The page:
BENGALURU: THE Sanjay Gandhi Institute of Trauma and Orthopaedics (SGITO), a specialty hospital under the Health Department, had forwarded a proposal to set up a Department of Sports Medicine at a cost of `4.7 crore and an annual operating cost of `60 lakh. But the Health Department has been sitting on the proposal for a long time now.
Sports medicine is a neglected specialty in India. A pointer to this is the fact that a radiologist was sent along with the national contingent to the Rio Olympics instead of a sports medicine doctor.
Sanjay Gandhi Institute started a sports injury centre last year. This is the second government hospital in the country to have one after Safdarjung Hospital in Delhi.
“Sports injuries require separate treatment facilities and they should not be treated like other trauma patients as it could be detrimental in the long run. In the US, Australia and South Africa, Sports Medicine is advanced. Most private hospitals in the West also have tie-ups with sports rehabilitation centres, an aspect of sports medicine that we tend to ignore.
“We had made presentations to then health minister U T Khader and his principal secretary. Nothing has happened so far,” said Dr Madan Mohan Ballal, assistant professor, orthopaedics, SGITO. Dr Ballal has special training in treating sports injuries and arthroscopy. Off the nearly 150 orthopaedic surgeries that SGITO conducts annually, only 10-20 have been on sportspersons. This is because of the lack of publicity and the fact that not all sportspersons know of the facilities available at the hospital.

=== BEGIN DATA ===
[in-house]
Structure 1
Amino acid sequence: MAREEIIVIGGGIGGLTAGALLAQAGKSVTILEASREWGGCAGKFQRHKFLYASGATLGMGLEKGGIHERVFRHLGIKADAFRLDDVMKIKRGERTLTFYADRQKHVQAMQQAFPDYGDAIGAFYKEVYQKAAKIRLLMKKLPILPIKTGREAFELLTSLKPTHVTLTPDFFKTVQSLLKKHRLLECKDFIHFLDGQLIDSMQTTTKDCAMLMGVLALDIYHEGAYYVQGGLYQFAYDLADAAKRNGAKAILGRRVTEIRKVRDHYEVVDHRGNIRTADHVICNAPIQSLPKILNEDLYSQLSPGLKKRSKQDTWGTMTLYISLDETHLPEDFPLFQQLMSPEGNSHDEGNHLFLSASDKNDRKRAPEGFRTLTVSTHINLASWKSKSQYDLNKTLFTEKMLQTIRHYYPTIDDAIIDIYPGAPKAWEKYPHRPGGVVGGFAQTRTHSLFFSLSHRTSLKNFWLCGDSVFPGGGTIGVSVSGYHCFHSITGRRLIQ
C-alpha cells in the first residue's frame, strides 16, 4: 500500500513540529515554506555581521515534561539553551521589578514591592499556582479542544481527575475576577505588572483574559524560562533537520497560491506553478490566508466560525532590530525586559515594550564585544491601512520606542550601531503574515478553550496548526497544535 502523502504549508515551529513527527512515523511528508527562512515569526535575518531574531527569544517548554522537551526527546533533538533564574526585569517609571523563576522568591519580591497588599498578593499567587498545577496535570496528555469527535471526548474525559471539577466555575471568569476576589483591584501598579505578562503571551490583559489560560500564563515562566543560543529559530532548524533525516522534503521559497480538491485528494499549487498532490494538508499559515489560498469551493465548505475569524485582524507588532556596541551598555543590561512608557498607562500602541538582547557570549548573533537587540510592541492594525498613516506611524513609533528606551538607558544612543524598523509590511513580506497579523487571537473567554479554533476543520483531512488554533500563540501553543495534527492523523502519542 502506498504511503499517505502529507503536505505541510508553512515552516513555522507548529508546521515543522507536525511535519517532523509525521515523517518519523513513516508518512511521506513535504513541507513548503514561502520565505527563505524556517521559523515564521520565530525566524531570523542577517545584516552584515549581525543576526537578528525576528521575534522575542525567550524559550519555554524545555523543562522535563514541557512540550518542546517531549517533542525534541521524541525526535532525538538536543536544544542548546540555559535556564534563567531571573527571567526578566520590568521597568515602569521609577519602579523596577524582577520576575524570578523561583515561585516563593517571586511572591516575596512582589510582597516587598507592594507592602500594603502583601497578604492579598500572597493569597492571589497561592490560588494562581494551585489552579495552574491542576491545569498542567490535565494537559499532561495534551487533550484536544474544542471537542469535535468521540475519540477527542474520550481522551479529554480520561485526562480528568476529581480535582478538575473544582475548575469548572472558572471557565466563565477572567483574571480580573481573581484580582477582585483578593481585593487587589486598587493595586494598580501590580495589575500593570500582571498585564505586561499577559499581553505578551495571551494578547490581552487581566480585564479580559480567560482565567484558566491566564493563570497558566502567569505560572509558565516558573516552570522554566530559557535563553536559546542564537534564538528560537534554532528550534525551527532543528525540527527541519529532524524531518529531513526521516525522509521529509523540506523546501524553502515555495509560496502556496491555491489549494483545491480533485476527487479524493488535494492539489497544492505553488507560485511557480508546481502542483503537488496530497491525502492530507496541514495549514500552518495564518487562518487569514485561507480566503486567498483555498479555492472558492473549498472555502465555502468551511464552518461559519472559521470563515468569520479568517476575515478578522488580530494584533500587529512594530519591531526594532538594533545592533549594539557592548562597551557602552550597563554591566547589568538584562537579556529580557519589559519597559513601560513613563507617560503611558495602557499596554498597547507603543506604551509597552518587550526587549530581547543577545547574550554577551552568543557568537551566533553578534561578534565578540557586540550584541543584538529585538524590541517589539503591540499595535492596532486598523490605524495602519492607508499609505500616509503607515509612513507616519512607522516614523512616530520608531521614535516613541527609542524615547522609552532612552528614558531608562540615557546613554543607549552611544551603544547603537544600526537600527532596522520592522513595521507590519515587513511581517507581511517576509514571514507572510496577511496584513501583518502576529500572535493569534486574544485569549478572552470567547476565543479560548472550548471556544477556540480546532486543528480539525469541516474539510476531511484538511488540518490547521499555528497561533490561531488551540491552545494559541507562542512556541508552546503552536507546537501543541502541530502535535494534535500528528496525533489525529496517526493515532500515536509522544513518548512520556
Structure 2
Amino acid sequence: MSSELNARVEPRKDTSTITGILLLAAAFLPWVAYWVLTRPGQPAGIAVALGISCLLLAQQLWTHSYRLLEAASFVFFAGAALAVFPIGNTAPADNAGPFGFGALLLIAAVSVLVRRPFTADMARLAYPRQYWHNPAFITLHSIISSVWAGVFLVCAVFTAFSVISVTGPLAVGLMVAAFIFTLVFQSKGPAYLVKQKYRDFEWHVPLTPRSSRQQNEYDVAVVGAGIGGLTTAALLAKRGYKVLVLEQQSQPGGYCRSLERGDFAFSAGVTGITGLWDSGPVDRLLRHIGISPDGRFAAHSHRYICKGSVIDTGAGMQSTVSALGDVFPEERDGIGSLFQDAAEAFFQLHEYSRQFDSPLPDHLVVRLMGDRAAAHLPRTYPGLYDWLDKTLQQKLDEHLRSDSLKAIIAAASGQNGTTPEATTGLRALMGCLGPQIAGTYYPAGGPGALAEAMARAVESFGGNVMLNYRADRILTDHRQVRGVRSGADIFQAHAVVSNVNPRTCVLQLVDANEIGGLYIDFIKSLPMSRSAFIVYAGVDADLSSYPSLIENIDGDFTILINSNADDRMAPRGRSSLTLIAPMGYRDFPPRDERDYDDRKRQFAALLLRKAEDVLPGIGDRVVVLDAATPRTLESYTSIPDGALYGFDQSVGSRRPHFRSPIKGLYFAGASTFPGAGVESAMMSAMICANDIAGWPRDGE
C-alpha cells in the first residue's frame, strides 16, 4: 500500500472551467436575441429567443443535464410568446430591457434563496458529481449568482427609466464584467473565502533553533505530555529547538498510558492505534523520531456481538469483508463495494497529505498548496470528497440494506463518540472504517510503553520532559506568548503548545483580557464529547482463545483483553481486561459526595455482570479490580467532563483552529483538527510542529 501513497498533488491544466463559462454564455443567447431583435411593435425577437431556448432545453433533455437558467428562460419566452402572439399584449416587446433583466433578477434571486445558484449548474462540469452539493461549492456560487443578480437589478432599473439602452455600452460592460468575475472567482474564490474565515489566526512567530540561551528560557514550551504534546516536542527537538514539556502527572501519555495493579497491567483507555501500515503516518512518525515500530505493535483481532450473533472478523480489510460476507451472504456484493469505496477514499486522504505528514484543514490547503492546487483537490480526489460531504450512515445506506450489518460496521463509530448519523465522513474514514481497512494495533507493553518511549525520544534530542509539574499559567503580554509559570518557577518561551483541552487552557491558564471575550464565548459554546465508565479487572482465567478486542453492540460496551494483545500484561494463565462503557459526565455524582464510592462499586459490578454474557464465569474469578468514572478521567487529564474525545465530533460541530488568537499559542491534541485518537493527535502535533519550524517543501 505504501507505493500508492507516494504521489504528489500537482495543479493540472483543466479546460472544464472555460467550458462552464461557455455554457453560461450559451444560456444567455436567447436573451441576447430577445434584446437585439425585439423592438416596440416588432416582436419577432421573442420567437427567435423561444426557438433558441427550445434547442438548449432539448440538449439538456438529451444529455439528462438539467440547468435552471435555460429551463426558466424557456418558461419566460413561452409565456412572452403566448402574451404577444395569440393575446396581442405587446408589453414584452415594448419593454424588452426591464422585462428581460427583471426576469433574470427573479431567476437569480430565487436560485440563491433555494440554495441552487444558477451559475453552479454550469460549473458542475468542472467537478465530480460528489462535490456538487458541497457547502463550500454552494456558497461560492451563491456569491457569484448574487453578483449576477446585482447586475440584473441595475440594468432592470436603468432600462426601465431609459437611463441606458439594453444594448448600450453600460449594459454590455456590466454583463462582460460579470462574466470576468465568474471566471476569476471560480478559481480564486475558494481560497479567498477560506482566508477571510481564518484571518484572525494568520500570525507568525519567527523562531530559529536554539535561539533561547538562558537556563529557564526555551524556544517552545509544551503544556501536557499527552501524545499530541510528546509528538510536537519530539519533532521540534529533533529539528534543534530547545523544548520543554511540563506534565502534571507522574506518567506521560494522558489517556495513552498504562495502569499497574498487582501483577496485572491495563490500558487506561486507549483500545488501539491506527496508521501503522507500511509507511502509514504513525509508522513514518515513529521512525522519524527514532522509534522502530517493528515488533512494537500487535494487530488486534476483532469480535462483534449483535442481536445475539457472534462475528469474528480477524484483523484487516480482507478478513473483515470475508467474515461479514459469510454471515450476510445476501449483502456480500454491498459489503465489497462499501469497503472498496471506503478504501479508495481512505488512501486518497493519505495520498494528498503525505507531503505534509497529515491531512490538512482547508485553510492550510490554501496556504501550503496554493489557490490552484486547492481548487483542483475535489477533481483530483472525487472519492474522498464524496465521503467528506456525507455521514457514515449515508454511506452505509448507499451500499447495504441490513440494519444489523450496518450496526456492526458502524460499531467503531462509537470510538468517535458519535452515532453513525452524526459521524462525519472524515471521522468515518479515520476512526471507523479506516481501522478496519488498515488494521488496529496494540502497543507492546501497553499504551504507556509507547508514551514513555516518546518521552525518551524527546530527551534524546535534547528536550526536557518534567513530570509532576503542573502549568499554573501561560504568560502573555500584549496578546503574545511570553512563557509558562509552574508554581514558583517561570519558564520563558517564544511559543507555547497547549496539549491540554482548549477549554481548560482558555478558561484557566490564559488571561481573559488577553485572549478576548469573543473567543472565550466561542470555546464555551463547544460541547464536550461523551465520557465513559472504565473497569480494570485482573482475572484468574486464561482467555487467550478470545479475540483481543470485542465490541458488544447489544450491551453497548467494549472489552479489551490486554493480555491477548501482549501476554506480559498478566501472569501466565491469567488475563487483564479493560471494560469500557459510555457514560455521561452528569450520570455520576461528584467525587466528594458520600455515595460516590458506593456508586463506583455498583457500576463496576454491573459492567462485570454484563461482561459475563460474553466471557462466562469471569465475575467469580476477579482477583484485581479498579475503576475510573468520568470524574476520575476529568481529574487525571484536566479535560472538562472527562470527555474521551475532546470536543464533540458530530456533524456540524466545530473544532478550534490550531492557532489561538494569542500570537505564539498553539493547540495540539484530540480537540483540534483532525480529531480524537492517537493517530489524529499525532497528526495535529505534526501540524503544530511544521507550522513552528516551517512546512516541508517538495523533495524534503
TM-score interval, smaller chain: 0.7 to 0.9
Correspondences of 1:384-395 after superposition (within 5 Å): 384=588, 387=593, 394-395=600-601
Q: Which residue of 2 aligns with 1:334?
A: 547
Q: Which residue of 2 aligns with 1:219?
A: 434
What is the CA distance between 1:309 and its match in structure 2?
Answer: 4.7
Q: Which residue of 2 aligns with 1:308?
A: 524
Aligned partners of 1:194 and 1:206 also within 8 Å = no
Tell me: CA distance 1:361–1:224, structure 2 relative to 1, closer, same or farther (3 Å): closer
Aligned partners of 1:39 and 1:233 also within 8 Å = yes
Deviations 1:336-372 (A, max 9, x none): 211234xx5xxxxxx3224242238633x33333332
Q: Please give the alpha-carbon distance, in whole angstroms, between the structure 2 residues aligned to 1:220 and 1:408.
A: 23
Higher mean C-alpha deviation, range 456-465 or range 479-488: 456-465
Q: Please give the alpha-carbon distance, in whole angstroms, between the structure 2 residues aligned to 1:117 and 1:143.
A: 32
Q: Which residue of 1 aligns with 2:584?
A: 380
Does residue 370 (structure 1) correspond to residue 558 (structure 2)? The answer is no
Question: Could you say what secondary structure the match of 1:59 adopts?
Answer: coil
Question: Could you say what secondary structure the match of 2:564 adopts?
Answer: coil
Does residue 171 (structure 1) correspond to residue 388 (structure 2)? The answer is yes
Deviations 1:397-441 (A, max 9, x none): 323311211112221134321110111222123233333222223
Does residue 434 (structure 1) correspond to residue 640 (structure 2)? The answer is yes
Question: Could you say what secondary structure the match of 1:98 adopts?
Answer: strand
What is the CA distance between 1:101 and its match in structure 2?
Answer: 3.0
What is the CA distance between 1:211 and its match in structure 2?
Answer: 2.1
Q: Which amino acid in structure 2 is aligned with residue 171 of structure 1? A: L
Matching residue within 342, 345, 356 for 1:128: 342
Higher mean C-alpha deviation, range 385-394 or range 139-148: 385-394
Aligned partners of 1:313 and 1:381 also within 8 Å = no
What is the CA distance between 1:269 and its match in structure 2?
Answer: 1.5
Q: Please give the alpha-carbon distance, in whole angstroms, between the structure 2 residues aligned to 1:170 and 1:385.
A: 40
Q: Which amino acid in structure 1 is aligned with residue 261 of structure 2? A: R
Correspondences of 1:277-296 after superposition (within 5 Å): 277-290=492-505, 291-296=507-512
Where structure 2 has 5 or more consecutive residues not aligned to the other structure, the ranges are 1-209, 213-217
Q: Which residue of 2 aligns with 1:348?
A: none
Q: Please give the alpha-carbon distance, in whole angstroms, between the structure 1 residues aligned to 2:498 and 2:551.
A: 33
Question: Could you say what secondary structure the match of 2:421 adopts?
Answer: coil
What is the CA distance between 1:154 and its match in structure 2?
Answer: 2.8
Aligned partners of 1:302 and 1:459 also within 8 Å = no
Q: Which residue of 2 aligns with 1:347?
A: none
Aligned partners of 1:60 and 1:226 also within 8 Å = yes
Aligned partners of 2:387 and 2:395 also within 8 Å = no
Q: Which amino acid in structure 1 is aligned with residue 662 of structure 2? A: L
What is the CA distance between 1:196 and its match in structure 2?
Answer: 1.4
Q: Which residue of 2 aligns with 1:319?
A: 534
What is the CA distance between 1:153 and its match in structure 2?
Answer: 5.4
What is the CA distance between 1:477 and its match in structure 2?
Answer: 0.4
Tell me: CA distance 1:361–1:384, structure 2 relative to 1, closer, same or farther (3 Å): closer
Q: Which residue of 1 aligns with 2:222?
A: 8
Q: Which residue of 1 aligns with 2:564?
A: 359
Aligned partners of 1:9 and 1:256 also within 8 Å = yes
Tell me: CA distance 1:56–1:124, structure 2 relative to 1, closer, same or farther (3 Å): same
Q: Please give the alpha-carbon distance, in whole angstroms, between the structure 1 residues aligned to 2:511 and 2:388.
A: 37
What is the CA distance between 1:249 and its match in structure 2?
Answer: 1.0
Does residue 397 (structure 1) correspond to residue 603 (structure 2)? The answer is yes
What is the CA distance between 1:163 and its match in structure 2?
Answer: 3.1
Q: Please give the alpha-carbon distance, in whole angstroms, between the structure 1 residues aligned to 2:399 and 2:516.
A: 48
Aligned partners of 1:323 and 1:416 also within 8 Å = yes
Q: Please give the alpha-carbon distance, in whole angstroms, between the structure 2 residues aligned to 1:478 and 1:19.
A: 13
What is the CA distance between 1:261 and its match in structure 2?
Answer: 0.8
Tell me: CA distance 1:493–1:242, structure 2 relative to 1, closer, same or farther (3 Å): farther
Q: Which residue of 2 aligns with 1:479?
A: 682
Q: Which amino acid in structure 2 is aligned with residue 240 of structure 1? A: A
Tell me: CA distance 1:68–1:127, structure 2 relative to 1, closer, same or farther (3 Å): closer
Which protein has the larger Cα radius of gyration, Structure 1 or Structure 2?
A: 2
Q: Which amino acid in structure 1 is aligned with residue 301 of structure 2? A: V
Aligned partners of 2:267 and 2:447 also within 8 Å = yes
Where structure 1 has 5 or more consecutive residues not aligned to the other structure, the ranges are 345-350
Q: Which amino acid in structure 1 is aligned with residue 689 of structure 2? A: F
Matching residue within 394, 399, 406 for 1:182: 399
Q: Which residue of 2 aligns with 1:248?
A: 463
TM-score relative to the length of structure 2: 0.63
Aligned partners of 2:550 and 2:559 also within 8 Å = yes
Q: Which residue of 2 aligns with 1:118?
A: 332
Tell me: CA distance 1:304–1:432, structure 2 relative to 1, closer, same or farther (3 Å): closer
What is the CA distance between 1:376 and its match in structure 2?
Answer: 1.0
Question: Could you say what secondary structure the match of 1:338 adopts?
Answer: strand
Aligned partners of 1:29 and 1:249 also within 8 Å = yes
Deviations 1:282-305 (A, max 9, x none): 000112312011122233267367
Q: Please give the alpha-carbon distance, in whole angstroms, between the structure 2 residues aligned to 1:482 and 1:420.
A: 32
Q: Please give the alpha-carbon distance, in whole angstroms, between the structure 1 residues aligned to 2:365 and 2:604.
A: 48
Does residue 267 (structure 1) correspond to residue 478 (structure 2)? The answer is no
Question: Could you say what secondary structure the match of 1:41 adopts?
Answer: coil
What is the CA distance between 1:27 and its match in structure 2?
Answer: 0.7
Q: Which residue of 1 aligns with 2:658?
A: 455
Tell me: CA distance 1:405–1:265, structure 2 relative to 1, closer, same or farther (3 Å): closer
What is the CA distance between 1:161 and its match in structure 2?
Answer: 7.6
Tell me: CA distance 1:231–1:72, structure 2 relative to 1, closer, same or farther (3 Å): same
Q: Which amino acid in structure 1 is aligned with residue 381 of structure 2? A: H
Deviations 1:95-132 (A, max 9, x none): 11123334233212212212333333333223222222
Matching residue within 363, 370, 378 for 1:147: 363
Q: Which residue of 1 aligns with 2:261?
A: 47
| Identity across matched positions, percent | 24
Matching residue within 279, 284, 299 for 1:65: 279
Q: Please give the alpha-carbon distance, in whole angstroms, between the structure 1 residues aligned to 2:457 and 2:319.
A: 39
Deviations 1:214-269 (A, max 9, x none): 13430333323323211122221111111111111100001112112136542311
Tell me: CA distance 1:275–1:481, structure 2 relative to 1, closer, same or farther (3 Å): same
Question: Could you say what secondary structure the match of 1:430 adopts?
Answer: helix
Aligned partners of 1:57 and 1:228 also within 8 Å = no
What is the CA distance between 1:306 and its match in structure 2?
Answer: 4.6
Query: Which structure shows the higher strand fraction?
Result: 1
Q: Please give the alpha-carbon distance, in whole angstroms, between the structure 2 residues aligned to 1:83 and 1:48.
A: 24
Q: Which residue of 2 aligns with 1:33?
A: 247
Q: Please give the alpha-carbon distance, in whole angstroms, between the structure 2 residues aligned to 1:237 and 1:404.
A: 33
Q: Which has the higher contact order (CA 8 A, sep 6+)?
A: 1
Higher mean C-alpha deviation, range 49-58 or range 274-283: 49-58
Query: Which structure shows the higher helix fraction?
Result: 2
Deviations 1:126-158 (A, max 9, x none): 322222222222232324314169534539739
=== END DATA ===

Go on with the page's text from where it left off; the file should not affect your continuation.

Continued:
For instance, the hospital waives all charges for sportspersons if they are a district or state level player in any sport. For example, for a typical ACL reconstruction (ligament tear), the hospital charges only for the implant, that is about `20,000. This procedure costs at least `1,20,000 in a private hospital.
“In rural areas, for example, if athletes have ligament tears, they don’t understand that it can be treated and are quietly dropped. However, we have started getting referrals to our sports injury centre from district and taluk hospitals,” said Dr Ballal.
When the sports injury centre was set up, the physiotherapy department was upgraded, a sports wards with three beds, operating instrumentation and OPD was given. But there is no exclusive staff. They have requested for one associate professor, two assistant professors, one physiotherapist and four therapists exclusively for the centre.
“A sports medicine doctor understands muscle physiology better. We had asked for an Isokinetic machine that islolates muscle movement and helps us understand which muscle to stimulate. It costs around `25 lakh. We had requested a collaboration with them with SAI, but that didn’t happen either,” said Dr Ballal.